Law­mak­ers tell La­mont to fill holes in bud­get

The News-Times - - FRONT PAGE - By Keith M. Pha­neuf

With just over a week left to pro­pose their own state bud­get, leg­is­la­tors still are wait­ing for Gov. Ned La­mont to fill in some fairly pricey line items in his own plan.

Between an ex­pir­ing tax on hospi­tals, a high-stakes dis­pute over Med­i­caid rates, and on­go­ing ne­go­ti­a­tions with state em­ployee unions, there are un­knowns worth hun­dreds of mil­lions of dol­lars that law­mak­ers are strug­gling to work around.

“There are so many mov­ing parts that we are still try­ing to ad­dress,” said Rep. Toni E. Walker, DNew Haven, long­time cochair­woman of the Ap­pro­pri­a­tions Com­mit­tee.

“I think there is still con­sid­er­able uncer­tainty on the com­mit­tee, es­pe­cially about the fu­ture of the hos­pi­tal tax,” said Rep. Jason Rojas, co-chair­man of the Fi­nance, Rev­enue and Bond­ing Com­mit­tee.

Walker’s panel has un­til May 3 to de­velop a new spend­ing plan for the next two fis­cal years. Rojas’

“There are so many mov­ing parts that we are still try­ing to ad­dress.” Rep. Toni E. Walker, D-New Haven, long­time co-chair­woman of the Ap­pro­pri­a­tions Com­mit­tee.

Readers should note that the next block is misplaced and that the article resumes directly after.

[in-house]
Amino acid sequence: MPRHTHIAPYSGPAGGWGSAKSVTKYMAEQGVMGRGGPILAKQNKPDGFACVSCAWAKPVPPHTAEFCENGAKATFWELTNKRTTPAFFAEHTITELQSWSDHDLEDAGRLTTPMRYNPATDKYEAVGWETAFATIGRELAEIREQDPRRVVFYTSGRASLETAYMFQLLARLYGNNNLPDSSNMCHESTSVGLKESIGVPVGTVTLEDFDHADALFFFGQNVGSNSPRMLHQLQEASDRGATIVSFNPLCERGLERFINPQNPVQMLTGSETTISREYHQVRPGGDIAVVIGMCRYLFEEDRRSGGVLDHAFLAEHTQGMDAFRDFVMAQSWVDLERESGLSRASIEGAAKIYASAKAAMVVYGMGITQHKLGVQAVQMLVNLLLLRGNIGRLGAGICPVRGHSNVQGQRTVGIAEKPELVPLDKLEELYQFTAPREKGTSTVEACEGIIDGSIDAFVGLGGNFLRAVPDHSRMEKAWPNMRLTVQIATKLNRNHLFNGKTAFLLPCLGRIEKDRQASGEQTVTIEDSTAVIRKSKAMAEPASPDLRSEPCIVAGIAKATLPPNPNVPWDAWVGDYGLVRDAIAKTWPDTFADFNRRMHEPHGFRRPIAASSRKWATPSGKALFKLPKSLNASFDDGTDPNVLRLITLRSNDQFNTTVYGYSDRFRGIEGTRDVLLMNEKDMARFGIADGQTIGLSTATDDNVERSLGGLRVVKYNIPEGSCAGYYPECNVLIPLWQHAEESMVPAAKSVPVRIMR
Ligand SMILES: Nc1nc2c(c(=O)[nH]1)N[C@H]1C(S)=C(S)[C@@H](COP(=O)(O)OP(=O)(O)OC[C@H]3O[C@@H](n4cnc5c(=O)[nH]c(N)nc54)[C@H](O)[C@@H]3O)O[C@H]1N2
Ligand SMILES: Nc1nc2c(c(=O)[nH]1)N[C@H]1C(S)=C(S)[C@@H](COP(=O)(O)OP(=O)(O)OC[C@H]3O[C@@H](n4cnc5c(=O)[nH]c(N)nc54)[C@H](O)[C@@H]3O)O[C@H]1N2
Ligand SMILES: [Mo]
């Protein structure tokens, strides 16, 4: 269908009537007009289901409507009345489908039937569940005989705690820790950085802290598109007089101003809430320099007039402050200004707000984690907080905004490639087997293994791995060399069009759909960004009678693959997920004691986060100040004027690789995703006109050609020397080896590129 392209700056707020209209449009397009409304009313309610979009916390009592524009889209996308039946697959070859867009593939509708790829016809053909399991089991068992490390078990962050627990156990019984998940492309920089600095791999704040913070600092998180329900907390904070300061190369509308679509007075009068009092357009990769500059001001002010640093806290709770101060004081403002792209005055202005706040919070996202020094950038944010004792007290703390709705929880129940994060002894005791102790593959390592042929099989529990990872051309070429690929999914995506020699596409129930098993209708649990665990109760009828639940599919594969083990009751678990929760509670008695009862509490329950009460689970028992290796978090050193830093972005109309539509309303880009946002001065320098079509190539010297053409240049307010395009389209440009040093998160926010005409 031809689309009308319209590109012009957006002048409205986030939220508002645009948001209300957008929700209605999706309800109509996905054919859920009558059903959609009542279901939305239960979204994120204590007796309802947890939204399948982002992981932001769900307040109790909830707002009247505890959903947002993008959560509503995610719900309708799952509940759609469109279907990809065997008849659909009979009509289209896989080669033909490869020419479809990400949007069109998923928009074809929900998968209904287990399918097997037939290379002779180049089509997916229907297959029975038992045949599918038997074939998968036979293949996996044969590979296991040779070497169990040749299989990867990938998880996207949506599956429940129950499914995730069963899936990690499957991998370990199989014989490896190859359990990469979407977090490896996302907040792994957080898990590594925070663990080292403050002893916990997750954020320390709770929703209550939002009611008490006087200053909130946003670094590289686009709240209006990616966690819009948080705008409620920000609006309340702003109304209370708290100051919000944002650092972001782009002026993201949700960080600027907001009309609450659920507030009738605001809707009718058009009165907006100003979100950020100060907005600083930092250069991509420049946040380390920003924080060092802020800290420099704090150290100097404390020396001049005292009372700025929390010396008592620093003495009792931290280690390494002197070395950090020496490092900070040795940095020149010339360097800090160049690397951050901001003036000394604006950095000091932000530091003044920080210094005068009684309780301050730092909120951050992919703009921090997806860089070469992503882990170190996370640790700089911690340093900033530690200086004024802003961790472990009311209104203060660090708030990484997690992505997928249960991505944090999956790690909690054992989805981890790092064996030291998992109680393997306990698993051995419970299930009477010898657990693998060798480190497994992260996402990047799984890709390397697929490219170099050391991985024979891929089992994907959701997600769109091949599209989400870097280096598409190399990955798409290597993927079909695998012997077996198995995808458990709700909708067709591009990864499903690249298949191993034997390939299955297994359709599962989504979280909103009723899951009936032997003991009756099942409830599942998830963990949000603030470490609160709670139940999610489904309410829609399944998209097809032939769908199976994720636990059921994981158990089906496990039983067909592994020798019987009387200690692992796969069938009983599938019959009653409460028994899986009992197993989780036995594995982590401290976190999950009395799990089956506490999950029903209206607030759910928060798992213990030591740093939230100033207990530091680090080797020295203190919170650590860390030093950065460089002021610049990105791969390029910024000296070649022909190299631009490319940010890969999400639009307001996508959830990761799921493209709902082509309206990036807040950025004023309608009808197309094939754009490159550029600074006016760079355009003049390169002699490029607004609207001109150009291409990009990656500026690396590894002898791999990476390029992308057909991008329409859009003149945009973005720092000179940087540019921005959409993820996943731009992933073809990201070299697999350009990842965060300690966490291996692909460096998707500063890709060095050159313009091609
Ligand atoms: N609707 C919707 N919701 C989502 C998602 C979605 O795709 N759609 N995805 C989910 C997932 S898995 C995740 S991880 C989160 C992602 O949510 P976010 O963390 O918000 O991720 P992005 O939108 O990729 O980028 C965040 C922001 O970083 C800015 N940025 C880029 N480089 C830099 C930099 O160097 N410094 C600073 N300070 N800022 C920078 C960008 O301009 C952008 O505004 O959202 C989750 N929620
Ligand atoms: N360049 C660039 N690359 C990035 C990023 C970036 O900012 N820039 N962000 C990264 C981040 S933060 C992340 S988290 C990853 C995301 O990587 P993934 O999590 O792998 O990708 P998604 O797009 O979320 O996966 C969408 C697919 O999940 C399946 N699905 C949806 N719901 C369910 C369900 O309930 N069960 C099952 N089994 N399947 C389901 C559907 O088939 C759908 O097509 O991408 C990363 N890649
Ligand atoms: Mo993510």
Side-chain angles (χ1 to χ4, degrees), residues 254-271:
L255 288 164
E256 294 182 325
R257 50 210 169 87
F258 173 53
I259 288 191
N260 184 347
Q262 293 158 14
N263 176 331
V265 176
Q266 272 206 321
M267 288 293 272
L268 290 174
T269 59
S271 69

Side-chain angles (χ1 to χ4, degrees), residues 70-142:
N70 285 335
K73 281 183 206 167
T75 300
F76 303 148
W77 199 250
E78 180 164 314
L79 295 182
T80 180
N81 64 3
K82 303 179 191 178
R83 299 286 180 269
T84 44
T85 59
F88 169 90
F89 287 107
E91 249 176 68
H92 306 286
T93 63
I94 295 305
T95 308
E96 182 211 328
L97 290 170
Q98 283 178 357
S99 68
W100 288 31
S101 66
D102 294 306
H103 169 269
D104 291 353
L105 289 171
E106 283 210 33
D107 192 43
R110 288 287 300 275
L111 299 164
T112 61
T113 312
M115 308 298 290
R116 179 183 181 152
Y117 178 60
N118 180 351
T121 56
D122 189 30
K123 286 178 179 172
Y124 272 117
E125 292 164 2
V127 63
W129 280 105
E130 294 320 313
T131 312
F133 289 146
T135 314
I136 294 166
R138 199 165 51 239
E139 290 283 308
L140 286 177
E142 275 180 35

com­mit­tee has un­til May 2 to de­velop a rev­enue sched­ule for the up­com­ing bi­en­nium.

Democrats hold ma­jori­ties in the House and Se­nate — as well as on the bud­get-writ­ing com­mit­tees — but they aren’t the only ones look­ing for in­for­ma­tion from the new gover­nor.

“Now is an important time for you as gover­nor to set the tone for our state, to of­fer a bal­anced and gim­mick-free bud­get pro­posal,

and to be hon­est about your ne­go­ti­a­tions to achieve sav­ings,” Se­nate Mi­nor­ity Leader Len Fasano, RNorth Haven, wrote in a let­ter to La­mont late Tues­day af­ter­noon. And un­less cer­tain de­tails are filled in, Fasano added, “your bud­get still does not bal­ance.”

Striv­ing for a new re­la­tion­ship with hospi­tals

One goal La­mont set early in his ad­min­is­tra­tion was to end the con­tentious re­la­tion­ship that de­vel­oped between his pre­de­ces­sor, Gov. Dan­nel P. Mal­loy, and the state’s hospi­tals.

That dis­pute was cen­tered on a provider tax which be­gan only as a tool to draw more fed­eral dol­lars into Con­necti­cut — but ul­ti­mately be­came a huge source of fric­tion as hospi­tals lost hun­dreds of mil­lions of dol­lars an­nu­ally.